My, oh my: The Kid is coming back.
And all of a sudden, some of that old Seattle Mariner magic is back with him.
Fans hoping that Ken Griffey Jr. would end his career back where it started were coming to grips earlier this week with being jilted yet again. It looked like he was going to sign with the Atlanta Braves to be closer to his family in Florida.
Good riddance, M’s fans rationalized. Let Atlanta have him and his bum knee. At 39, he’s too old; spend the money signing a promising up-and-comer.
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But then surprise, surprise. Somewhere along the way, Griffey’s heart won out over his head and he decided to return to the club he left in 1999 after 11 years (apparently after a strong nudge by the great Willie Mays and former Mariner Harold Reynolds). Griffey’s coming back to play at Safeco Field – “the house that Junior built.”
All is forgiven. Now we can’t wait to see him in a Mariners uniform again with his old number, 24.
This is a good move for the team. Arguably the greatest Mariner of all time, Griffey is the team’s home run leader and fifth on baseball’s career home run list with 611. Does anyone doubt – short of a steroid scandal la Alex Rodriguez – that he will be voted into Cooperstown as soon as he’s eligible?
Despite bailing on the Mariners a decade ago, Griffey has remained a favorite with Northwest fans. They cheered him when he returned to Seattle in 2007 as a Cincinnati Red and gave him standing ovations when he hit two home runs in the last of a three-game series. Compare that to the razzing Rodriguez always gets when he plays at Safeco.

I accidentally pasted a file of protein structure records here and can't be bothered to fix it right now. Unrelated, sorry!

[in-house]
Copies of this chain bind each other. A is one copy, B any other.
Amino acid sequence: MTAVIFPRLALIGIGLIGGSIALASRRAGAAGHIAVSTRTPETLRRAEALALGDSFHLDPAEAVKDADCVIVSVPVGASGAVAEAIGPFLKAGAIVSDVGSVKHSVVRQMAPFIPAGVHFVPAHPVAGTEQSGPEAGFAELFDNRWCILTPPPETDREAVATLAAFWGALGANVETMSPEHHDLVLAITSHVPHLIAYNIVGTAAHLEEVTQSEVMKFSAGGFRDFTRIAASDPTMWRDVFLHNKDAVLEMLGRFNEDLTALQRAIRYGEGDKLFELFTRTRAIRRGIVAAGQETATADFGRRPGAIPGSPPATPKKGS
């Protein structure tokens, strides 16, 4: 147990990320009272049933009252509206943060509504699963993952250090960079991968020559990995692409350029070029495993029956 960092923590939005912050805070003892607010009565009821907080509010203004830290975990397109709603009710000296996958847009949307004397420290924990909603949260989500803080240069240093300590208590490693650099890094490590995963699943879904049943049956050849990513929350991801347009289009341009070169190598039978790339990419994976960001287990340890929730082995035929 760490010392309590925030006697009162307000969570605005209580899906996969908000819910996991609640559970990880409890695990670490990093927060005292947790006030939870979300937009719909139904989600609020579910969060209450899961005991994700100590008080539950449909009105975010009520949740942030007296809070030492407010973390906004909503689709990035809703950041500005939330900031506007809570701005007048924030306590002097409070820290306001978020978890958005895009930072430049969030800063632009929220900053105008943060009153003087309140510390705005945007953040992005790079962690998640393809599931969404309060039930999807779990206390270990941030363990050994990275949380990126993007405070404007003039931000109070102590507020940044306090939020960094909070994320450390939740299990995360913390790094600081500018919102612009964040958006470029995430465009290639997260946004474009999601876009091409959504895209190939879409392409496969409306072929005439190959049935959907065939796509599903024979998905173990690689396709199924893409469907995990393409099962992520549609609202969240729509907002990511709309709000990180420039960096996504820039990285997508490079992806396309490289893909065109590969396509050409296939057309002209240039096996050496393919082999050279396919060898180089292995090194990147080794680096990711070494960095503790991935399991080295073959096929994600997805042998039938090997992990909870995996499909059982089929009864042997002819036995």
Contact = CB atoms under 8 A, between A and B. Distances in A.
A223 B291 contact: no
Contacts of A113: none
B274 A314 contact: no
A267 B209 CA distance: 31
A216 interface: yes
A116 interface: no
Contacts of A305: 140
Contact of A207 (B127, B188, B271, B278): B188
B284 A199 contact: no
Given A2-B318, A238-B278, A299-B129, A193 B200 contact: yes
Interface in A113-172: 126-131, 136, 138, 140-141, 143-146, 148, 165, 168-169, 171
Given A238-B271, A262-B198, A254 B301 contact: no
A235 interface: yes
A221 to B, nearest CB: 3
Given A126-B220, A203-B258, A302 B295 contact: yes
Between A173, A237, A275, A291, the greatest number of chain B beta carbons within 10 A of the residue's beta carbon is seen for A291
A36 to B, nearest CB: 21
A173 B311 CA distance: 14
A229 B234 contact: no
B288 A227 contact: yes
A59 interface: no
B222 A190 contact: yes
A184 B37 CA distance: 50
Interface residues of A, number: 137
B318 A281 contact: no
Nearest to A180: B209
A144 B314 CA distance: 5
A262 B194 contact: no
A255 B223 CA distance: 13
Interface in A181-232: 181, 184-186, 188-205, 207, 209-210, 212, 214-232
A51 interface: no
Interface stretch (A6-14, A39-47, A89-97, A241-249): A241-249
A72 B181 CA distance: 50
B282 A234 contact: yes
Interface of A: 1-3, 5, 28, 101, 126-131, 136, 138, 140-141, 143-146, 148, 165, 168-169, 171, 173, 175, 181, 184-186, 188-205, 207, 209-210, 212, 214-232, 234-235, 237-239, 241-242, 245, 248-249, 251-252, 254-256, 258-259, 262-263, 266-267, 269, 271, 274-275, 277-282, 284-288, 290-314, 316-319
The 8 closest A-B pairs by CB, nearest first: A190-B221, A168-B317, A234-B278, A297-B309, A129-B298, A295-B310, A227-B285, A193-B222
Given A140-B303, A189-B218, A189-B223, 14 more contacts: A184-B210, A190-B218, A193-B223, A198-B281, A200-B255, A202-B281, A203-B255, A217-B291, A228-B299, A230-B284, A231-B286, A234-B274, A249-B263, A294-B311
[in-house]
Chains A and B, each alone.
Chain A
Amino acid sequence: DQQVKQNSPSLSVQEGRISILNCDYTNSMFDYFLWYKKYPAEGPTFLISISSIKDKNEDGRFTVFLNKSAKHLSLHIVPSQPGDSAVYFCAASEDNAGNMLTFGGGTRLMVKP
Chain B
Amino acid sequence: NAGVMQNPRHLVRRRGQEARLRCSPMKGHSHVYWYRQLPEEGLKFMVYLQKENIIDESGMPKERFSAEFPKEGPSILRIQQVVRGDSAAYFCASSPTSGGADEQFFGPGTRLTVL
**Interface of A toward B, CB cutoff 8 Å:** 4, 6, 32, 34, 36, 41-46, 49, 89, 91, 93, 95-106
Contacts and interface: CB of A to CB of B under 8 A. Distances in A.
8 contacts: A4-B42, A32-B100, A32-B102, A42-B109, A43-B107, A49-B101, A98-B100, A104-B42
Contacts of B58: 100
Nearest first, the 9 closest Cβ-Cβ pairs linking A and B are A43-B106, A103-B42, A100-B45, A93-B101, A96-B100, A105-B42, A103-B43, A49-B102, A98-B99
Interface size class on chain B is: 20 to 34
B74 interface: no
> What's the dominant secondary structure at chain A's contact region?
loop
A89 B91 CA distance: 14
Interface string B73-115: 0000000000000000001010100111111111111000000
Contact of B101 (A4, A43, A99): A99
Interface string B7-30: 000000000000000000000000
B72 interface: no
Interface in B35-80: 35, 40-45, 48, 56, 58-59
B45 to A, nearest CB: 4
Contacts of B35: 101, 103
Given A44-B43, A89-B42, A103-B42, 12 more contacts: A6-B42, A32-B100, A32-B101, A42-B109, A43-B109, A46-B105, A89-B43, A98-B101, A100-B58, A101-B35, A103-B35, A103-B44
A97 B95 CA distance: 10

But the two superstars had left for different reasons: Griffey to be near his family, Rodriguez for the richest contract in baseball history. And deep in their hearts, many Mariner fans hoped Junior would return someday. He fueled those hopes in 2007 by declaring that he’d like to retire as a Seattle Mariner: “I grew up here. I owe it to myself and the fans of Seattle to retire here.”
Now that looks like a real possibility. He’s signed a one-year, $2 million contract with another $2 million in incentives to be a designated hitter and maybe play a little left field. He’s had knee surgery and passed a team physical. And even though his 2008 season wasn’t stellar, the rejuvenated Griffey is sure to bring something to a team that has been struggling – maybe a little of that old magic that seems to have been missing of late.
Mariners president Chuck Armstrong said, “It is great to have the icon of the Seattle Mariners back home, where he belongs.”
We second that emotion.